“The image of an egg cup (I know a bit random), came to mind while I was on walk a while back. That image keeps coming to mind, so wondering if I should use it? I am enjoying the idea of an egg as a symbol of nourishment (covers the nutrition bit), and the eggcup egg as a symbol of nostalgia (for me it was something special my Mom made for me, so this covers the whole homecooking/chef bit). Plus I think if done right it could look vintage and classy.”

And so the eggcup icon was born. A kitchen item that represents nutrition and simplicity was a great icon for Lindsay’s branding goals.

Step 3
Design Presentation and Selection


In my design process, I give my clients multiple options with multiple variations to ensure that they are getting exactly what they had hoped to receive at the beginning of the project. By the time I begin designing, a clear style, direction, and branding concept have been established to ensure that my time and the clients time is well spent when it comes to choosing the right logo.

Lindsay requested that the logo be green and white and feature the egg cup concept. I sent her 3 initial designs (2 are shown above, one was the final design). Each design showed different font examples and color options. In addition to the egg cup concept in green, I also sent her an option with a whisk icon in a similar illustration style and did color variants in teal and yellow.

After the first round of designs, Lindsay selected one of the logo options and requested a variation of the egg cup concept in a hand drawn sketch style. She also liked her name in a sans serif font option, with her title in a serif font spaced out underneath her name.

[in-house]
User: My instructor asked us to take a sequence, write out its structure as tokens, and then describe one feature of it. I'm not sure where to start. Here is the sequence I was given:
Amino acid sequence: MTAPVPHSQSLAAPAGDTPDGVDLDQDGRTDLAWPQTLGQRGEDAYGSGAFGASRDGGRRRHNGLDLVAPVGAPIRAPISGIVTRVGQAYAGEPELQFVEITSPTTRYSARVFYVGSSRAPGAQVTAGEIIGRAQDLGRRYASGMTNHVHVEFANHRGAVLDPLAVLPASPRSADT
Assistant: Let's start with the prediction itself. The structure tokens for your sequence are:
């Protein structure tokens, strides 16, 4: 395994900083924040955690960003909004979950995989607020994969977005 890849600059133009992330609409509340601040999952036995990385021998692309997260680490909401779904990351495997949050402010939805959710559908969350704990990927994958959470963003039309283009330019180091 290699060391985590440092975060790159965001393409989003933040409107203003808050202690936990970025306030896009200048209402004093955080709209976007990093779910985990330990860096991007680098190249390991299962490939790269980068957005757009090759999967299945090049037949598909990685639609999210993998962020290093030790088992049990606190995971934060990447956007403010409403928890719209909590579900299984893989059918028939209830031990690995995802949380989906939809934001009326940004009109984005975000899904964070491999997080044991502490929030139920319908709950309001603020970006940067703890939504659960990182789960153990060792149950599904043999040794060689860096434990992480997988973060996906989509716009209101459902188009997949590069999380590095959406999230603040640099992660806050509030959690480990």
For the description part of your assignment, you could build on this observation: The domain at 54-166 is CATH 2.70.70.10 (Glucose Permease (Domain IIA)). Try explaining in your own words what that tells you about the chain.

Ultimately, the final logo selected featured the original illustration style established by the Vision Board with a teal blue color (as shown at the beginning of the post).

Step 4
Design Execution


The final step for this project was to implement the new logo to create new business cards for Lindsay. I sent Lindsay two design options to choose from, and she decided on the design shown above. The design is very simple and classic, to highlight the logo and clearly establish Lindsay’s brand.

Next Steps

Now the the logo is final, and the business cards have been printed, I will be helping Lindsay to bring her new brand identity to all of her business materials and her website/blog. At the beginning of the design process, Lindsay requested that her blog have a seperate identity that corresponses to her business identity. will soon feature a site header and the new logo to bring Lindsay’s business identity full circle.

Shortly after Lindsay and I wrapped this project, she sent me her feedback:

“Laura was able to turn my design vision into a fantastic logo and provided me with precisely what I asked for. I highly recommend her work.”

Thank you, Lindsay! You were a joy to work with!

View more testimonials


  1. Great article, really appreciate the look into your build style.

    • Laura V

      Thank you!

  2. Laura,

    Can you write up another blog post on the Vision Board process? I find it to be very interesting.

    I think people might want to know all of the details, too.